Newton’s Laws of Motion

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Newton’s Laws of Motion - A heavy parachutist falls faster than a lighter one and, there fore, has a rougher landing but why? Have you tried the party trick where you pull a tablecloth out from under place settings and the dishes stay put? How does this “trick” work, and what law of motion does it demonstrate? Have you heard the expression “You can’t touch without being touched”? Does this statement about the objective world of physics have a corollary in the world of human emotions? How did Newton’s laws get us to the Moon? How do birds fly, rockets take off, and people walk? How do Newton’s laws of motion interface with modern discoveries about motion gained from relativity and quantum mechanics?
Newton’s First Law of Motion
Galileo’s work set the stage for Isaac Newton, who was born shortly after Galileo’s death in 1642. By the time Newton was 23, he had developed his famous three laws of motion, which completed the overthrow of Aristotelian ideas about motion. These three laws first appeared in one of the most famous books of all time, Newton’s PhilosophiaeNaturalisPrincipiaMathematica,*often simply known as the Principia. 
The first law is a restatement of Galileo’s concept of inertia; 
the second law relates acceleration to its cause—force; and the third is the
law of action and reaction. Newton’s first law is:
Every object continues in its state of rest, or a uniform speed in a straight line, unless acted on by a nonzero force. The key word in this law is continues; an object continues to do whatever it happens to be doing unless a force is exerted upon it. If the object is at rest, it continues in a state of rest. This is nicely demonstrated when a tablecloth is skill fully whipped from beneath dishes sitting on a tabletop, leaving the dishes in their initial state of rest (Figure 1).
On the other hand, if an object is moving, it continues to move without changing its speed or direction, as evidenced by space probes that continually move in outer space. This property of objects to resist changes in motion is called inertia (Figures1 and 2). 
Figure 1. Inertia in action.

Figure 2.  Rapid deceleration is sensed by the driver,who lurches forward inertia in action!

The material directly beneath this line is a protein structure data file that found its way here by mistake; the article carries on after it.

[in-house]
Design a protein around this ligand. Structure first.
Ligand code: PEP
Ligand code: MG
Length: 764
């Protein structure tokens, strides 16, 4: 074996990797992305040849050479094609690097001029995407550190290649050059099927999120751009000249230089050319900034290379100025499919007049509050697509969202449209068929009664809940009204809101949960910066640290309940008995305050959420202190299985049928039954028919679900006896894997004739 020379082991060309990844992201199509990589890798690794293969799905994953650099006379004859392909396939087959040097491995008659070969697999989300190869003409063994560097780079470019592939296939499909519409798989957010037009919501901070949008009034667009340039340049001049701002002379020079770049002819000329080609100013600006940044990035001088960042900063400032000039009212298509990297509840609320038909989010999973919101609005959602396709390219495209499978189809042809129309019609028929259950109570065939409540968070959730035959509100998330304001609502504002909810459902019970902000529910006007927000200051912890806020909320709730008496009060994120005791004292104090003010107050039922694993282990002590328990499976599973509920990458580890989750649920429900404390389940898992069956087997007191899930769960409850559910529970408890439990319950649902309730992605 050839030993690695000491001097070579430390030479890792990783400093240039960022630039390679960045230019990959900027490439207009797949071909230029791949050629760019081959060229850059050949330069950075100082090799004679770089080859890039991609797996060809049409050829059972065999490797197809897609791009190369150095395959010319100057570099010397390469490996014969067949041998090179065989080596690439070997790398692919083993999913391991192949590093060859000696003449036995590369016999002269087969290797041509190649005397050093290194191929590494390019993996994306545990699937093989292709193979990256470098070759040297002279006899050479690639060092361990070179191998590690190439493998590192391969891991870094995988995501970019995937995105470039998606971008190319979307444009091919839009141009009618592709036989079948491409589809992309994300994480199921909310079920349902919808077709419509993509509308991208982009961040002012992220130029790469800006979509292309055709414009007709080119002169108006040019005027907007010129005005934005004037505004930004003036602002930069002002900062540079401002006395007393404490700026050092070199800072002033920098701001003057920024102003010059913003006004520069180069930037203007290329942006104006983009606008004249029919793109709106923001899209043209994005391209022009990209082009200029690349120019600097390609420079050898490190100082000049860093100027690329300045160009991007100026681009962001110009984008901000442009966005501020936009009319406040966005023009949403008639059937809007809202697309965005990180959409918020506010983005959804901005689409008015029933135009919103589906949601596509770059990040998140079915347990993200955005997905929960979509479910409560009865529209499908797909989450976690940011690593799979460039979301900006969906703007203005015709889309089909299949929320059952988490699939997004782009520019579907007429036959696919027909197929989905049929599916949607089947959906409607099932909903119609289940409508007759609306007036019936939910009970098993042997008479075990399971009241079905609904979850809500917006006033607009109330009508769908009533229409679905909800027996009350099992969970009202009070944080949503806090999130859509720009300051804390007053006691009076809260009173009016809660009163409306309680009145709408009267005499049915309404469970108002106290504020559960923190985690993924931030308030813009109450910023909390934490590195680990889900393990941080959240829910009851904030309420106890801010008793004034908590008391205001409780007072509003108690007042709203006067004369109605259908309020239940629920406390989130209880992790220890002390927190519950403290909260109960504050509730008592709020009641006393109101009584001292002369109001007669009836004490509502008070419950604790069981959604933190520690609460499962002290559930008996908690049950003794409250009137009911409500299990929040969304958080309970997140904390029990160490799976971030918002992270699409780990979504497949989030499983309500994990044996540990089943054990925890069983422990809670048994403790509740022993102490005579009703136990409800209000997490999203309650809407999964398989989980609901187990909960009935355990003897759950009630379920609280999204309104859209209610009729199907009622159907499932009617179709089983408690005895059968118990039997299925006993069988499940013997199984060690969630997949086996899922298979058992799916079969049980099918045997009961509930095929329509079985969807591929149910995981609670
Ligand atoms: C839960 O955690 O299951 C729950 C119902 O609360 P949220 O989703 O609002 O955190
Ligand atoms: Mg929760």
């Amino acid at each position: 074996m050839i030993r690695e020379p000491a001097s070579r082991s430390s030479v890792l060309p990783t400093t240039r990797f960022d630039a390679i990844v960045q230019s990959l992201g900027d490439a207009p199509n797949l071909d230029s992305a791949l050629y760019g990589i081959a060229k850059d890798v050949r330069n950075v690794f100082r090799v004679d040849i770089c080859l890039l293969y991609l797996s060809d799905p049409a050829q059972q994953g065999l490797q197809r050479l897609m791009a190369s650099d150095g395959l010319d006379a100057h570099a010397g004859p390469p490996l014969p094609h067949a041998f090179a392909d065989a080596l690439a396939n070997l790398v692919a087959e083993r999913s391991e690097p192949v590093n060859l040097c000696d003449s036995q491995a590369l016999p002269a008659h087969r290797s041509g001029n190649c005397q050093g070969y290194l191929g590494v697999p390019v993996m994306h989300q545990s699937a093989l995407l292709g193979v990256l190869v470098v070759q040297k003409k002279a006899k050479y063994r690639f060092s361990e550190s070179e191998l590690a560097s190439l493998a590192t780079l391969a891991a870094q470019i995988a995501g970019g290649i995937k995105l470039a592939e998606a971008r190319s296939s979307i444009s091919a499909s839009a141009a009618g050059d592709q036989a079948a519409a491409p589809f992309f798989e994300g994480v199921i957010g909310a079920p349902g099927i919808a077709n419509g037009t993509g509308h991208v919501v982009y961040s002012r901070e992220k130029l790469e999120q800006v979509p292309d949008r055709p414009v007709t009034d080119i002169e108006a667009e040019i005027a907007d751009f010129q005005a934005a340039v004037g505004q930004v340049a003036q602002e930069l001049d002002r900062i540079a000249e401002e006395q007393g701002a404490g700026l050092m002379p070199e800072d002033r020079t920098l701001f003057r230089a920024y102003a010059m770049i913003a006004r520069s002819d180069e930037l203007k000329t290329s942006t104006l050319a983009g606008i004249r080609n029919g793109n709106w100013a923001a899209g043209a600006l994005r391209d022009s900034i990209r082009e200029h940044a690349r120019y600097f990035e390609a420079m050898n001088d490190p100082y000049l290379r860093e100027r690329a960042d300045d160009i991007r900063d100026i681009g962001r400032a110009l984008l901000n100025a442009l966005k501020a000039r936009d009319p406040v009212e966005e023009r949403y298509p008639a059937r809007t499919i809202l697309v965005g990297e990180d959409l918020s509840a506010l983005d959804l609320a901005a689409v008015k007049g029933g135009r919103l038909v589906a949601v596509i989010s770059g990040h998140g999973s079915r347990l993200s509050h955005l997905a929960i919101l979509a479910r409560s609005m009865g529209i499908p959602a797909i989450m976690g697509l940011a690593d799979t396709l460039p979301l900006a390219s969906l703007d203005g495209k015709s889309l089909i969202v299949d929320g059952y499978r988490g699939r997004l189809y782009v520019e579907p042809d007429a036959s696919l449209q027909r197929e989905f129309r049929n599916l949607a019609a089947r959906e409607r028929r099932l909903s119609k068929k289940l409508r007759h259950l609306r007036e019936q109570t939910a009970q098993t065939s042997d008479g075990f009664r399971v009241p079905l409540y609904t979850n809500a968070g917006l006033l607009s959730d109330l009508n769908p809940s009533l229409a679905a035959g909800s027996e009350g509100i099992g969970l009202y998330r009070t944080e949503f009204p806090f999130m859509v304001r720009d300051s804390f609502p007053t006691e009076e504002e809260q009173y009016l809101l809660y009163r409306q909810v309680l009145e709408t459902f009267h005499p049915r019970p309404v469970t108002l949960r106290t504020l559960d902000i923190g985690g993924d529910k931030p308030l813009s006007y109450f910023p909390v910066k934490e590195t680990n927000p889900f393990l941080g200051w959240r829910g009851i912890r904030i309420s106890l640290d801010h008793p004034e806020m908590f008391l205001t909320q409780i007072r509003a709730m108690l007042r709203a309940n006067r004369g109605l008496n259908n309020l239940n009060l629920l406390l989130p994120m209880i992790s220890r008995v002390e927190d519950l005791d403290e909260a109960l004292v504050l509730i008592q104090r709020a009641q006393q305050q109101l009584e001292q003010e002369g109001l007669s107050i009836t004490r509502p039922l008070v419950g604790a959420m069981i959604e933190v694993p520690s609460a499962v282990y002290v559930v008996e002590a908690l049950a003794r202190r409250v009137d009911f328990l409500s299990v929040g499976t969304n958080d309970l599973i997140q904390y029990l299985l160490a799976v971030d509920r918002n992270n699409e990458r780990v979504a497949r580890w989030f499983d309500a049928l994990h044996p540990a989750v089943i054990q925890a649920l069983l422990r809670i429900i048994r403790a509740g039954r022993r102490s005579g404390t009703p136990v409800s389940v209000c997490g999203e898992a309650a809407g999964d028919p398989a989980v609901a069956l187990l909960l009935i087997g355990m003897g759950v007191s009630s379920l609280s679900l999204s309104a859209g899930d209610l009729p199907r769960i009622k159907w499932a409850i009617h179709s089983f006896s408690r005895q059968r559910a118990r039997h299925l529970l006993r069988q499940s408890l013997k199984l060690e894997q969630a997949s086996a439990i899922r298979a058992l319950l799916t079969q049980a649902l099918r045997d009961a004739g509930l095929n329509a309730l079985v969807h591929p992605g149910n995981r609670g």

When a space shuttle travels in a nearly circular orbit around the Earth, is a force required to maintain its high speed? If the force of gravity were suddenly cut off, what type of path would the shuttle follow?
There is no force in the direction of the shuttle’s motion, which is why it coasts at a constant speed by its own inertia. The only force acting on it is the force of gravity, which acts at right angles to its motion (toward the Earth’s center). We’ll see later that this right-angled force holds the shuttle in a circular path. If it were cut off, the shuttle
would fly off in a straight line at a constant velocity.

Newton’s Second Law of Motion
Isaac Newton was the first to recognize the connection between force and mass in producing acceleration, which is one of the most central rules of nature, as expressed in his second law of motion. Newton’s second law states:
The acceleration produced by a net force on an object is directly proportional to the net force, is in the same direction as the net force, and is inversely proportional to the mass of the object.
Figure 3. When you accelerate in the direction of your velocity, you speed up; when you accelerate against your velocity, you slow down; when you accelerate at an angle to your velocity, your direction changes.
Acceleration equals the net force divided by the mass. If the net force acting on an object is doubled, the object’s acceleration will be doubled. Suppose instead that the mass is doubled. Then the acceleration will be halved. If both the net force and the mass are doubled, then the acceleration will be unchanged.
An object accelerates in the direction of the net force acting upon it. Speed changes when the net force acts in the direction of the object’s motion. When the net force acts at right angles to the object’s motion, then the direction of the object changes. A net force acting in any other direction results in a combination of
speed change and deflection (Figure 3).

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